It may seem hard to believe today, but at the end of 2001, there was an outpouring of national sympathy for the Yankees and their run through the American League playoffs had been celebrated by people not normally accustomed to cheering on Pinstripes. Such was the world in the immediate aftermath of 9/11.
Even from a purely baseball standpoint, this seemed an improbable run for New York—while the ’01 Yanks won 102 games and were much better than the team that had won the World Series the previous year, the top of the American League was extremely good. New York needed the immortalized “Jeter Flip” to survive Oakland, where Derek Jeter running across the diamond saw an errant relay throw, and used the back of his glove to flip the ball to Jorge Posada at catcher and nail Jason Giambi at the plate—preventing the tying run from scoring in an elimination game. T
Then the Yanks dismantled the 116-win Seattle Mariners to win their fourth straight American League pennant. They had won the Series each year from 1998-2000 and the dynasty looked to extend itself one more year.
New York had the top-end pitching to compete with Arizona. While only Roger Clemens was arguably in the class of Schilling or Johnson, Mussina and Andy Pettite were capable of matching up and the Yanks had one more elite starter than Arizona did.
Offensively though, this was not a good Yankee team. Players like Scott Brosius at third and Paul O’Neill in right were at the end of the line and the lineup depended heavily on Jeter, Bernie Williams and Posada, while getting some on-base help from Chuck Knoblauch and power from Tino Martinez.
Schilling remained locked in for Game 1. The Yankees scored first, with Williams doubling in Jeter, but Counsell, fresh off his NLCS MVP award immediately answered with a solo home run, the Yanks never scored again and Mussina knuckled under by the fourth, touched for a two-run shot by Gonzalez, a bases-loaded doubled by Grace and a key error by Brosius to turn the game into a 9-1 rout.
The Big Unit came back and went all nine for Game 2. An early run gave Arizona the lead, Johnson was collaring the Yankee hitters and a three-run shot by Williams in the seventh opened the game up and gave the Diamondbacks a 4-0 win. They were riding high, but now they had to go Yankee Stadium for three games, two of which would not see their ace on the mound.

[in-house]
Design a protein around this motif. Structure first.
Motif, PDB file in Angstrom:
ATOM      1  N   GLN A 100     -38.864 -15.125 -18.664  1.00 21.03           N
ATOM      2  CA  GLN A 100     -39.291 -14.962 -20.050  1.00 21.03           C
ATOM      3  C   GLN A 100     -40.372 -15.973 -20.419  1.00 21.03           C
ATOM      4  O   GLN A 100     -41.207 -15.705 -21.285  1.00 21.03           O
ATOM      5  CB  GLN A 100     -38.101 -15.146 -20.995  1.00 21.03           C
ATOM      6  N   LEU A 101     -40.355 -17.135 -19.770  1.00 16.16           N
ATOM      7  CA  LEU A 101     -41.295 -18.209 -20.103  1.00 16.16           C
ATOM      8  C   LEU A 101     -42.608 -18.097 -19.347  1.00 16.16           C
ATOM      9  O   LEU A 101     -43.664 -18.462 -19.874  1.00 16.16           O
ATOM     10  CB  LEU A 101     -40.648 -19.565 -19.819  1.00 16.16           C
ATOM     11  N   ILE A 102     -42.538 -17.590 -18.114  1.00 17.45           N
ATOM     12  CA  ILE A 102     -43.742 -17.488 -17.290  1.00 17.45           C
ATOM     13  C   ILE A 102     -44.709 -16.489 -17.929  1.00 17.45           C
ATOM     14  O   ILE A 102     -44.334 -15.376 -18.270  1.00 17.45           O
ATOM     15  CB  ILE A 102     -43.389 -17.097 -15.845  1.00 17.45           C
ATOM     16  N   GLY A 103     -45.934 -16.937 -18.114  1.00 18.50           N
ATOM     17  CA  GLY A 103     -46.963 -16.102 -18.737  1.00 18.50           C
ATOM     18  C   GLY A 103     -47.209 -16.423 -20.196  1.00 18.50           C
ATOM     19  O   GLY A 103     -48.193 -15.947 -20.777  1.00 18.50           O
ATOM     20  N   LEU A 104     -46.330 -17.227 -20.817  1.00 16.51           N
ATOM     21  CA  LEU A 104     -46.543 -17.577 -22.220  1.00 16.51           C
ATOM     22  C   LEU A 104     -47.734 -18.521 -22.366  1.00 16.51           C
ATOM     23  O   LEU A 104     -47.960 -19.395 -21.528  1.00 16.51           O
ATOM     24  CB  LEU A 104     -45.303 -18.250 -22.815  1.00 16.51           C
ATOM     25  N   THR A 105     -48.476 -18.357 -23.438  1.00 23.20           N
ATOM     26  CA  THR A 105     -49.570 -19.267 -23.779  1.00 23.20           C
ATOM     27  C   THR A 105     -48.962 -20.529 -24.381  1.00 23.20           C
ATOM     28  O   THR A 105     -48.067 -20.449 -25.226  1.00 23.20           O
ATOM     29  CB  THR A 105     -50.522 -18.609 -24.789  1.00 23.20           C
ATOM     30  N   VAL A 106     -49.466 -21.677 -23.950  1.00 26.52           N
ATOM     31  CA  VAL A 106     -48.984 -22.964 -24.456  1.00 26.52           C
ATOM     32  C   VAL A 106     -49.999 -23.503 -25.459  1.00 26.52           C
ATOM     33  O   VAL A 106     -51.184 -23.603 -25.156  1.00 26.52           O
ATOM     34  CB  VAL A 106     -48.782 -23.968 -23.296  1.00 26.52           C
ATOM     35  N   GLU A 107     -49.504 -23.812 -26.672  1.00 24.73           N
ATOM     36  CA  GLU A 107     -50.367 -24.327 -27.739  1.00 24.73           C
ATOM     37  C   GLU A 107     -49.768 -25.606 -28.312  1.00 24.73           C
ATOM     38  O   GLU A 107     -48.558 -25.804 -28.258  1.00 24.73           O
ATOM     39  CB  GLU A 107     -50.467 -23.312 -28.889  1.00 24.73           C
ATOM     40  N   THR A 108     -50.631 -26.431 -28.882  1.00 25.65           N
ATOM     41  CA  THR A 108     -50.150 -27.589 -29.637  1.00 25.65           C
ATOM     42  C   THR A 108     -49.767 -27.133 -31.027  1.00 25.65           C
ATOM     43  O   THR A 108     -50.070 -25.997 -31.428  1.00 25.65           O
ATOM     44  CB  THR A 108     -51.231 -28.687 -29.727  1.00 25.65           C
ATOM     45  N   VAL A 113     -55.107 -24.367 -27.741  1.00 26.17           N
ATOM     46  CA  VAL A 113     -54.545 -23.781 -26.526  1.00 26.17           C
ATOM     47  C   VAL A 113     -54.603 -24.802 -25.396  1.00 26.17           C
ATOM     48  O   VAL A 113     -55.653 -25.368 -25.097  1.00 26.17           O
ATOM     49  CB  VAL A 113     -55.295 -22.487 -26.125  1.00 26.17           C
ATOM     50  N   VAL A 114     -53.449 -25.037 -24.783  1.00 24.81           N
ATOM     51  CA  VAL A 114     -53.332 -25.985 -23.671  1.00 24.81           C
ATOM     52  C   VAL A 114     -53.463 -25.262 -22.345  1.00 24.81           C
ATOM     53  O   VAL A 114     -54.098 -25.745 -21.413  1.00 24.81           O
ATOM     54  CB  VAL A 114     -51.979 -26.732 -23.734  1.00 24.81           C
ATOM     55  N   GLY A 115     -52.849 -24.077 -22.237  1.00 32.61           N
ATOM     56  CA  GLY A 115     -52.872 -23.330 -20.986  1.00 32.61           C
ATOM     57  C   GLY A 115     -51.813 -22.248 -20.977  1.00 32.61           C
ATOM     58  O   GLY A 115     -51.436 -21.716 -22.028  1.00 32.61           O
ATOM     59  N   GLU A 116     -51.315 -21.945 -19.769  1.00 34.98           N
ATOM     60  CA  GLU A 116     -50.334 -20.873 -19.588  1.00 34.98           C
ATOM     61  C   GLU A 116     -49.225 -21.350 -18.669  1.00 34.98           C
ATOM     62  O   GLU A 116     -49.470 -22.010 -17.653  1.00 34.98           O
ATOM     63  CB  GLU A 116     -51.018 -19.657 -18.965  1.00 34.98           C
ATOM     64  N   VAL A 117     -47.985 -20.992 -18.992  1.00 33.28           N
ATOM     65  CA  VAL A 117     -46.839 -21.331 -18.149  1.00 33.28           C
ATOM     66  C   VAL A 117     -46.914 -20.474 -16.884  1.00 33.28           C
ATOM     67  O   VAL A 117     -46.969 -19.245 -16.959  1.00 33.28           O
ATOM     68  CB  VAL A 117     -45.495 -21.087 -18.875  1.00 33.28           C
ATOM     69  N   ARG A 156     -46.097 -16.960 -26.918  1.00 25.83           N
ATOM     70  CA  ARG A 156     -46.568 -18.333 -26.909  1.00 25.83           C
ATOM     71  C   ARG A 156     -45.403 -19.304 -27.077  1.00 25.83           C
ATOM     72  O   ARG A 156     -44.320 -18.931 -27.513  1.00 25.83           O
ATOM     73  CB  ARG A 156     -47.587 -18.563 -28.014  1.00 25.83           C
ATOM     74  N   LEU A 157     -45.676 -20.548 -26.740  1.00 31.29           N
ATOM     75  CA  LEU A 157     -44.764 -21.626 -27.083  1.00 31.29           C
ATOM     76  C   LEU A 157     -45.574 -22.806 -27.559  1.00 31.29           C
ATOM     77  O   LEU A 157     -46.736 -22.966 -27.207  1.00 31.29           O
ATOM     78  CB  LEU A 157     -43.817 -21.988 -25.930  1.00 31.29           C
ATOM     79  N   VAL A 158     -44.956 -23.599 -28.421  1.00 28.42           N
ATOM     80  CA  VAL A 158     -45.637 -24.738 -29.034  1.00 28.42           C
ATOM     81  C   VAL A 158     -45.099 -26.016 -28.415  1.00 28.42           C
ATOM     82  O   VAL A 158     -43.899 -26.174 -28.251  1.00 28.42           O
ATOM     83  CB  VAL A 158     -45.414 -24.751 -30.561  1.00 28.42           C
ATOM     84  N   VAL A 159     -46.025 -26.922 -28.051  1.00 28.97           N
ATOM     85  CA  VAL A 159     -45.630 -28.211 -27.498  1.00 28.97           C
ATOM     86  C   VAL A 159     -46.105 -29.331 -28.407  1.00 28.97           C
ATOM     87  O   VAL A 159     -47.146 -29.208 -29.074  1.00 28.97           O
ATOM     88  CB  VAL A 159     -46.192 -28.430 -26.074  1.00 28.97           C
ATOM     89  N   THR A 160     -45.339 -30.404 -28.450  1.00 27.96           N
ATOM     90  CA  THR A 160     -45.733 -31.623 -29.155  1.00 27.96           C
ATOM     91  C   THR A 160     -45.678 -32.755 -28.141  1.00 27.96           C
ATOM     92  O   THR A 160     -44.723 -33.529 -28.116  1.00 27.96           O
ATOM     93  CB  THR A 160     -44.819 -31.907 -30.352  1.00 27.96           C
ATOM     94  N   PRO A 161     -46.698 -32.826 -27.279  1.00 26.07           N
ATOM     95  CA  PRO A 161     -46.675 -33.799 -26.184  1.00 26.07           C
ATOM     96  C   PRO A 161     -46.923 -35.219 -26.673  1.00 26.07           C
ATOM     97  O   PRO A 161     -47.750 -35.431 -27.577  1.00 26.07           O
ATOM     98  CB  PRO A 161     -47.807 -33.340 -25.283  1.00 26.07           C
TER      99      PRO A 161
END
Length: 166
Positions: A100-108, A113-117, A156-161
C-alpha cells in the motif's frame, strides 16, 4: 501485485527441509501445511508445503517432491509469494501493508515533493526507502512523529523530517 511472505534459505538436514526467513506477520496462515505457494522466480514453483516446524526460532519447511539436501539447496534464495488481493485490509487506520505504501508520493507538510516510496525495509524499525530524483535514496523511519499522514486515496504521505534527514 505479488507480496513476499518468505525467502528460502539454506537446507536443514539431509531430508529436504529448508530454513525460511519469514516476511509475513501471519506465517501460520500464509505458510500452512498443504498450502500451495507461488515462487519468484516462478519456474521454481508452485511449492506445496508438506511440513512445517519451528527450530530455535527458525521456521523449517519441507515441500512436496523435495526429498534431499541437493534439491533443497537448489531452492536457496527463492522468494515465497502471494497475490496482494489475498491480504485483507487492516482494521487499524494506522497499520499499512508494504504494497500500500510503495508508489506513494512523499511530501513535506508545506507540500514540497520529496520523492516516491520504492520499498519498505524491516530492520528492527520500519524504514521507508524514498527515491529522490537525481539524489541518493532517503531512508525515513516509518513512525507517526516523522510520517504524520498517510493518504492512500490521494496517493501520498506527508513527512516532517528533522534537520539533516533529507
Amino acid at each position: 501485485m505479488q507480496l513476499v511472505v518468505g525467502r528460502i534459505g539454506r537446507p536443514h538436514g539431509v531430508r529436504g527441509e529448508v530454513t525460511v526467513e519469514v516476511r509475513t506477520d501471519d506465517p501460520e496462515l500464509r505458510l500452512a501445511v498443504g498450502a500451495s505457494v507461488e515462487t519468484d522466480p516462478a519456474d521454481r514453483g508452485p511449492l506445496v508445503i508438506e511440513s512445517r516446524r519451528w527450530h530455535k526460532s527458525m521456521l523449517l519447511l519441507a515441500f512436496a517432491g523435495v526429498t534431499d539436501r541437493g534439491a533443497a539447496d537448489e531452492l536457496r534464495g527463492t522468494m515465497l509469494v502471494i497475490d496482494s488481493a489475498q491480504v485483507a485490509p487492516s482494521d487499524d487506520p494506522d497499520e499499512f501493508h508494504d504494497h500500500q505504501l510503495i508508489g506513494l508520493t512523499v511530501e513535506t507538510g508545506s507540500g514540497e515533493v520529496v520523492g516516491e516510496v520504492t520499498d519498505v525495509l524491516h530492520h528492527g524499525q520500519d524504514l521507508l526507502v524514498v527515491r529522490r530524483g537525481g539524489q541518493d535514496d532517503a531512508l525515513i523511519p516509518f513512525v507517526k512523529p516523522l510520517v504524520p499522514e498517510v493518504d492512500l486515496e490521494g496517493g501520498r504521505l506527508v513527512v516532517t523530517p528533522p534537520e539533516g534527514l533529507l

Whatever people’s politics were or are, the United States was happy to see President George W. Bush on the mound for Friday’s Game 3. A president throwing out a first ball is nothing new, but for this to happen in New York City right after 9/11 was seen as a cathartic symbol that even minor American traditions would not be altered by terror threats. If we fast forward the clock ten years, it was surely no less cathartic for those in Philadelphia for a Sunday Night baseball telecast of the Phillies and Mets—ironically another New York team—to hear the “U.S.A…U.S.A” chants reverberate through the stands and find out the reason was that a raid ordered by Bush’s successor, President Obama, had successfully killed Osama bin Laden.
Arizona got the starting pitching it needed in Game 3, as Anderson gamely battled Clemens. Posada and Matt Williams traded home runs and it was tied in the sixth, when an infield hit and wild pitch set up an RBI single from Brosius for the run that Clemens made stand up.
If Game 3 was inspiring, Games 4 & 5 took Yankee Stadium lore into the realm of the eerie. Perhaps it was Schilling to blame. Before the teams came east, the pitcher was asked about the mystique and aura of playing in Yankee Stadium. He replied that “Mystique and Aura are the names of dancers at a nightclub. They are not things we concern ourselves with on a ballfield.”
Schilling’s pitching, even on short rest, was still laser sharp in Game 4 and when Durazo hit a two-run double in the eighth, Arizona had a 3-1 lead and looked ready to take the same lead in games. Kim came on to close it out. The Yanks had a man on and two outs. Tino Martinez hit a game-tying home run and then in the 10th, Jeter won it with a home run of his own.